And, then, I discovered his soba noodle salad. It was so good that I'd pay way too much for a little container and take it to work for lunch or serve it as a side dish for dinner. The good news is that making it yourself is WAY cheaper and really easy. Last night, I served it with seared ahi on top. As a main dish with the protein, it made two generous portions. As a side dish, you could maybe stretch it for four. I wish I had doubled the recipe so I'd have lots of leftovers to take to work this week. For those of you who might be unfamiliar with them, soba noodles are made from buckwheat and are usually in the Asian food section of the grocery store.

The dressing was awesome and I'll probably be using it in other ways (green salad, dipping sauce etc). The radish was a little overpowering so I might cut back the amount next time but you could easily leave it out if you don't like radishes. Maybe a little orange juice in the dressing or peeled orange segments in the salad would sweeten it up and be a nice contrast to the radish.

Soba Noodle Salad (Cooking Light 1/07)

6 oz uncooked soba
1/4 tsp. salt
1/4 tsp. pepper
1 c. finely chopped English cucumber
1 c. shredded carrot
1/2 c. julienne-cut radishes
1/3 c. finely chopped red bell pepper
1/4 c. chopped green onions
3 T rice vinegar
2 T low-sodium soy sauce
1 T peanut oil
1 1/2 tsp. dark sesame oil
1/2 tsp. crushed red pepper
2 T sesame seeds, toasted

Cook noodles according to package directions. Drain and rinse under cold water. Set aside. Combine the vinegar, soy sauce, peanut oil, sesame oil, and red pepper with a whisk in a small bowl. Chop all those vegetables up and mix them with the noodles, the salt and pepper, and the dressing. Top with sesame seeds.

Monday, January 11, 2010

Thai Red Curry Soup

One of my favorite flavor combinations is coconut and curry. Recently, I was thinking about the red curry from Saladang in Pasadena and I went searching online for some similar recipe to make. The hardest part about making this soup was finding the red curry paste - my third stop at Whole Foods finally resulted in success. The rest of it is pretty normal stuff. While it was cooking, I kept thinking it smelled fishy and thought it was the fish sauce (only 1 tablespoon) but then I remembered that I had fish sticks in the oven for my daughter to eat. If you're averse to using fish sauce, substitute soy sauce.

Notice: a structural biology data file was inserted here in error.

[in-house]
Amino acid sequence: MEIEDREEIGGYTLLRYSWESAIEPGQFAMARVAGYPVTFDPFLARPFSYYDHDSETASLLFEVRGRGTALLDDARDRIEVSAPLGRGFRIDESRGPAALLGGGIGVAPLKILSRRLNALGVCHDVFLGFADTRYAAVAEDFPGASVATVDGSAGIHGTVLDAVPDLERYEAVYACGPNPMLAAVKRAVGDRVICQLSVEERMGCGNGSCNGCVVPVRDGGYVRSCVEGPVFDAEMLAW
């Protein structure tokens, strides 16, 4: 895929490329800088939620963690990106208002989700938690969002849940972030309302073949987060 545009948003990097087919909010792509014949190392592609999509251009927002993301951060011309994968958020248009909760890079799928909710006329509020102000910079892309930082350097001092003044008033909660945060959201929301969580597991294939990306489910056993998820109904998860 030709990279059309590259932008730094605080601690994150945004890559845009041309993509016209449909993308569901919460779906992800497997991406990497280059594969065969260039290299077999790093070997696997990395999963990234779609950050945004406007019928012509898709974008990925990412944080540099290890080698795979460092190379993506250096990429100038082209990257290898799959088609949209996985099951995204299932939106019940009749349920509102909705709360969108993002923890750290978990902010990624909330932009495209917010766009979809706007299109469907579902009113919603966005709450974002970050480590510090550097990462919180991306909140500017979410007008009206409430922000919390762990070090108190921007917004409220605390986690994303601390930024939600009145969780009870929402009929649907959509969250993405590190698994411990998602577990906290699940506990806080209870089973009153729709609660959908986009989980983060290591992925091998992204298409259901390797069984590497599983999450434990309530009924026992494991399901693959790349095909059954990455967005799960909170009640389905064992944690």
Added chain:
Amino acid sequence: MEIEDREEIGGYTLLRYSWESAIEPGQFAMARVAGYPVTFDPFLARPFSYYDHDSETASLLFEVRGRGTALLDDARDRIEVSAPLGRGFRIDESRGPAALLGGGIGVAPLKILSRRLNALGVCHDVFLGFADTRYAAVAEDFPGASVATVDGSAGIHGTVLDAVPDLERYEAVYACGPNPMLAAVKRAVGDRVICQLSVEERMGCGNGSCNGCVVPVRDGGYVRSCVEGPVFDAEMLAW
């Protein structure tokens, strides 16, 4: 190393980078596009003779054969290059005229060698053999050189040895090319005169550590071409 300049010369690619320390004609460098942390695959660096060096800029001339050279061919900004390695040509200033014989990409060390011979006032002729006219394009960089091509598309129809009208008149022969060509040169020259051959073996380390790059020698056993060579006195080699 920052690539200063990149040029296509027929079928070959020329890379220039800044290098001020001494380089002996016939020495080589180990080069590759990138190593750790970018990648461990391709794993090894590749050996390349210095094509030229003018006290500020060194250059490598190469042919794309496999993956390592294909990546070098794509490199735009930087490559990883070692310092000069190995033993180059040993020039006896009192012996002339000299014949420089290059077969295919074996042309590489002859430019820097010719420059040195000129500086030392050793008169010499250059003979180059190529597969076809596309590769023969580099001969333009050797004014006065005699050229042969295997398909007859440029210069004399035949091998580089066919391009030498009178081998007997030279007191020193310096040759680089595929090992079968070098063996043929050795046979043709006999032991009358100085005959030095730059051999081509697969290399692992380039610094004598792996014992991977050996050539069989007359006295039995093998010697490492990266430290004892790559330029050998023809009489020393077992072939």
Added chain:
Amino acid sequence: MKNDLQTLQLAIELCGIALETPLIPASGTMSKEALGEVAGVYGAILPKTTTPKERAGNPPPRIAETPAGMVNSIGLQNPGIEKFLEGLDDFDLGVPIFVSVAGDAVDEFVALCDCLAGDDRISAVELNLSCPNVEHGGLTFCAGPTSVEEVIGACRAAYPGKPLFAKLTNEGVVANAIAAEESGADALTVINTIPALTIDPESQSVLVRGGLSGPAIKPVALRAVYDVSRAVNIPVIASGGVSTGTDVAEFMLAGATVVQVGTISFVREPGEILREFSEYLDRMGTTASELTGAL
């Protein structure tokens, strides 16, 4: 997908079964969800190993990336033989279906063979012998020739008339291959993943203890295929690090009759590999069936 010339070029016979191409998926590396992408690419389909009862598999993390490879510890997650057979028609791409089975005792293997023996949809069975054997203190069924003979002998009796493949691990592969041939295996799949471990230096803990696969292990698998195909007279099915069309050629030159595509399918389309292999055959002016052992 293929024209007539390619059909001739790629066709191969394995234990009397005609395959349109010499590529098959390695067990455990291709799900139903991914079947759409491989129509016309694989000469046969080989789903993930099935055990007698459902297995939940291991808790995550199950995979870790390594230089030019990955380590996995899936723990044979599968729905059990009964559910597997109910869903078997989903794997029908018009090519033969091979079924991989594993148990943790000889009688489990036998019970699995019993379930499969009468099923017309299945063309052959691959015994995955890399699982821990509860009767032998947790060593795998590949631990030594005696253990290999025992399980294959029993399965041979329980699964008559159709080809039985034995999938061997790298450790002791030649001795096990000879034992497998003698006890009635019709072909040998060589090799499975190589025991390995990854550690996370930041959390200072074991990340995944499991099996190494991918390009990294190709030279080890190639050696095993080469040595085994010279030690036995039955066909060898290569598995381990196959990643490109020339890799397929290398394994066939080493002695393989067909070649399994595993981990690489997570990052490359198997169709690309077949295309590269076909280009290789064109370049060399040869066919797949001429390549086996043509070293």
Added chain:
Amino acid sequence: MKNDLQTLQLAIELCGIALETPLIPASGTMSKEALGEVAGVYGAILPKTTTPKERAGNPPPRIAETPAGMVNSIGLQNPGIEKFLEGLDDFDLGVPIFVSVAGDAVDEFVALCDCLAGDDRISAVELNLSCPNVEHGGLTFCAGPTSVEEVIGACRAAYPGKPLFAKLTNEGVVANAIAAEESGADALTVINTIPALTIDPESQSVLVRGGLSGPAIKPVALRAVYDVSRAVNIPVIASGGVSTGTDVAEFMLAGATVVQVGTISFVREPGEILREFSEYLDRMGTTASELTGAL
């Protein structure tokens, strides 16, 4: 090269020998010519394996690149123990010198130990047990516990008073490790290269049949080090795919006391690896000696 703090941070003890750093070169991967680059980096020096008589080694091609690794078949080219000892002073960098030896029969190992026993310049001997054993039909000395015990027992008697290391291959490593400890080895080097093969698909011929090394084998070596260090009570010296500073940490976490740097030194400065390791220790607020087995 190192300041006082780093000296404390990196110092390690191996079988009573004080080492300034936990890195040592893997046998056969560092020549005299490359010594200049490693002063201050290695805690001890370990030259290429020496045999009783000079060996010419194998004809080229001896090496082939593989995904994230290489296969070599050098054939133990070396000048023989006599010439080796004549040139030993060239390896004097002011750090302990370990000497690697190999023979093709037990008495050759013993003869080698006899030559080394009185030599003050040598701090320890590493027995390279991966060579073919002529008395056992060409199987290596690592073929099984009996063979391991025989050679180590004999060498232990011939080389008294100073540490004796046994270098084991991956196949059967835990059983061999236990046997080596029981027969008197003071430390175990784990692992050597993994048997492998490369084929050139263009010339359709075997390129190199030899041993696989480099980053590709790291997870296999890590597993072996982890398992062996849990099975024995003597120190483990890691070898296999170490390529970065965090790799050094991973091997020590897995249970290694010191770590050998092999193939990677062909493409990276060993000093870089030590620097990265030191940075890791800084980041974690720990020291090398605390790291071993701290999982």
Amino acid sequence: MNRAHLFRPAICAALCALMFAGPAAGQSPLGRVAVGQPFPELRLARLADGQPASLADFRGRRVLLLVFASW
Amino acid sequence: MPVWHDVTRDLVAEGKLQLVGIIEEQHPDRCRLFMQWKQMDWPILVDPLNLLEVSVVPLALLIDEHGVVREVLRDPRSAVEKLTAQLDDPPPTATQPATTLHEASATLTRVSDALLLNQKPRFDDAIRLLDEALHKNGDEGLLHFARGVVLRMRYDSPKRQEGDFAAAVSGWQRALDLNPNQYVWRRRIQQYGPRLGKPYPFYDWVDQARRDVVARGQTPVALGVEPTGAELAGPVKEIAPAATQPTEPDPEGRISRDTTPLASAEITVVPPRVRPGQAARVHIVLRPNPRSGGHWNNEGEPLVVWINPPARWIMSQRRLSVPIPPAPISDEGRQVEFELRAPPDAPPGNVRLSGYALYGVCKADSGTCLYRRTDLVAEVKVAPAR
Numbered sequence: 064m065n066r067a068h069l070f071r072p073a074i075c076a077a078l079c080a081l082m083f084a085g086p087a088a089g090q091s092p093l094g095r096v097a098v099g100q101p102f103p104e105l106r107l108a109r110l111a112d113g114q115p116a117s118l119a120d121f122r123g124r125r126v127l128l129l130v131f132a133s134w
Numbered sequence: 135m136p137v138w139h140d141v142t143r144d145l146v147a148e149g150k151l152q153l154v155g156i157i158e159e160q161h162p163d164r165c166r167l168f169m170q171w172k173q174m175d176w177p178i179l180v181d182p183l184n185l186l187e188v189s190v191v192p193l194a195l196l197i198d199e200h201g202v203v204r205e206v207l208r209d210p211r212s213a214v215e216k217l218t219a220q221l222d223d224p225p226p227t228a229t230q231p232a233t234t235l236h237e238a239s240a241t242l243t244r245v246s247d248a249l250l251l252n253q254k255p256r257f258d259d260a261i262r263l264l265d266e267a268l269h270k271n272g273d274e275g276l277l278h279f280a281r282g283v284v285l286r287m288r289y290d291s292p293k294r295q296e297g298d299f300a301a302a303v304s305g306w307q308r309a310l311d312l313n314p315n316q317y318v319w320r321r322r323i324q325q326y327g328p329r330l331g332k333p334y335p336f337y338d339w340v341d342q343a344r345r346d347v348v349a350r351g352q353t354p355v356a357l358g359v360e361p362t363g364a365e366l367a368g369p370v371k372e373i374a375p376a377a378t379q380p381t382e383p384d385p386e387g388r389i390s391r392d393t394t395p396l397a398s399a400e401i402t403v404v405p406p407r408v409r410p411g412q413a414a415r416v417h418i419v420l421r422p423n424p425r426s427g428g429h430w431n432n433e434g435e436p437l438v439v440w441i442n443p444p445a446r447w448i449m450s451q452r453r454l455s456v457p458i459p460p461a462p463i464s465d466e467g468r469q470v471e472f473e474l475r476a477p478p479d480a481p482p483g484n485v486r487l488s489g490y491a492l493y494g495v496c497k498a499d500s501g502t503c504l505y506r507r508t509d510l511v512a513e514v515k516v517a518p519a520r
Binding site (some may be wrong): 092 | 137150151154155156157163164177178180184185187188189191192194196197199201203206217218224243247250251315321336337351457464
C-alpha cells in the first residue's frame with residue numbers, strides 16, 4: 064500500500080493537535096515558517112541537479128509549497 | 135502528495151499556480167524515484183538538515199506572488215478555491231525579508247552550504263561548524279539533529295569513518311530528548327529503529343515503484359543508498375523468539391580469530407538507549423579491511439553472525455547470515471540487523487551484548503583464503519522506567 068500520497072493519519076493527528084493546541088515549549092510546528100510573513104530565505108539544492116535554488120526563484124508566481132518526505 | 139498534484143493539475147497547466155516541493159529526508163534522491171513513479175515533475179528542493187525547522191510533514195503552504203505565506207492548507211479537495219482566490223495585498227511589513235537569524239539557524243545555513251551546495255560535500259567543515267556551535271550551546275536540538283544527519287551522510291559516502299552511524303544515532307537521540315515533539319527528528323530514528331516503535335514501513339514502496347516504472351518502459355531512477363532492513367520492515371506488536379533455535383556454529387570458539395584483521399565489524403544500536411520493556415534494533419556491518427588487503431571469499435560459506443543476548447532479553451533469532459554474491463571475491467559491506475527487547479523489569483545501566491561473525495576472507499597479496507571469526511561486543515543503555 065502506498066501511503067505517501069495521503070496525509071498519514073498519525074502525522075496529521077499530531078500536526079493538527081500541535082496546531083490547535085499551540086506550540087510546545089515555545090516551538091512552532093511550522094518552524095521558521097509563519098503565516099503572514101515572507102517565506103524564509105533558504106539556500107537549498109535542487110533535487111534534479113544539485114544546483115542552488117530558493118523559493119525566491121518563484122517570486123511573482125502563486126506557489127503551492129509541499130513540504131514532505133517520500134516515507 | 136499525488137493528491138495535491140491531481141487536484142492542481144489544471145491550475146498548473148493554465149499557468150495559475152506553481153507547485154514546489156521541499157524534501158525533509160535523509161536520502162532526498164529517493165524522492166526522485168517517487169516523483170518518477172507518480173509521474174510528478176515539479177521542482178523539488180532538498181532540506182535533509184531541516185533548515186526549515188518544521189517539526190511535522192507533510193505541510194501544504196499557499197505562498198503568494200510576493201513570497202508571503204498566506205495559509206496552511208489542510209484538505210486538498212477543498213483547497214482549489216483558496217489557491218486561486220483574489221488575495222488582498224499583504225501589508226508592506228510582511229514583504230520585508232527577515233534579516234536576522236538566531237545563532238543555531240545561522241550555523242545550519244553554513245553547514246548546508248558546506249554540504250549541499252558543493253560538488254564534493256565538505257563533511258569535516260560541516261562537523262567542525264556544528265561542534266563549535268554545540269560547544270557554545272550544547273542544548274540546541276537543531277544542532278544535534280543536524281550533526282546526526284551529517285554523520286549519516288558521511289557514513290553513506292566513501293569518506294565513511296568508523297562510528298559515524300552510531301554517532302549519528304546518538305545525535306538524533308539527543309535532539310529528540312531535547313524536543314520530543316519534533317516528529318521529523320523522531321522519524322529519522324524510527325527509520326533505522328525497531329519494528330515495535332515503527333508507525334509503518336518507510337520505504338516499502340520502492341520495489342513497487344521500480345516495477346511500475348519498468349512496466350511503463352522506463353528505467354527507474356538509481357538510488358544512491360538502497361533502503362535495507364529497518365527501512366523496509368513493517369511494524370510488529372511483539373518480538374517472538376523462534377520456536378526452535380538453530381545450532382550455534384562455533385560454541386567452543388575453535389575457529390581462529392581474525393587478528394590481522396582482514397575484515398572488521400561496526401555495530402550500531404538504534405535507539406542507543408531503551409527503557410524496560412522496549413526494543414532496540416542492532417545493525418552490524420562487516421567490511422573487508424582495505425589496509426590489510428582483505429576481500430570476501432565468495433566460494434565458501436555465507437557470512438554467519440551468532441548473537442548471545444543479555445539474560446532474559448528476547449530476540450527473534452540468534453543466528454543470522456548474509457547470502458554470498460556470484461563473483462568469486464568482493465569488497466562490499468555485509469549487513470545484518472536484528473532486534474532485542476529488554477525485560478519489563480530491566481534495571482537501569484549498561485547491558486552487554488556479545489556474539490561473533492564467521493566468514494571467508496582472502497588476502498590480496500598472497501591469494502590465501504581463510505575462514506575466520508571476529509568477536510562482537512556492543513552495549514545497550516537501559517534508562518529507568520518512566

The soup was rich and flavorful but a little heavy. I think light coconut milk (or less coconut milk) would make it not seem so heavy. The eggplant was my favorite part of it - delicious - and I picked the chicken out of the leftover soup for lunch the next day and it tasted really good.

A couple of cooking notes: I served it over bean thread (thin translucent "noodles" made from mung beans) that I bought awhile ago at Cost Plus World Market but you can serve it plain like the recipe calls for, over hot cooked rice, or rice noodles instead. The base is really versatile so I think substituting or adding vegetables would be fine with this recipe. Red curry paste varies in intensity and spiciness. I started with 1 tablespoon and by the end, had added some red chili flakes and about 2 more tablespoons of the curry paste. Green curry paste would give a different flavor but would probably be great in this soup.

Thai Red Curry Soup with Chicken serves 4
(adapted from Bon Appetit 9/97)

2 T vegetable oil
1-3 T Thai red curry paste (see note above)
1/2 onion, sliced (I used 1 shallot)
12 oz. boneless skinless chicken breast halves, cut into 1/2 inch wide strips
4 oz. green beans, cut into 1 inch pieces
2 small Japanese eggplants, cut into 1 inch pieces
3 c. low-sodium chicken broth
3 c. unsweetened coconut milk
1 T fish sauce (nam pla)
1 cup chopped bok choy
1/4 c. chopped fresh basil
salt and pepper to taste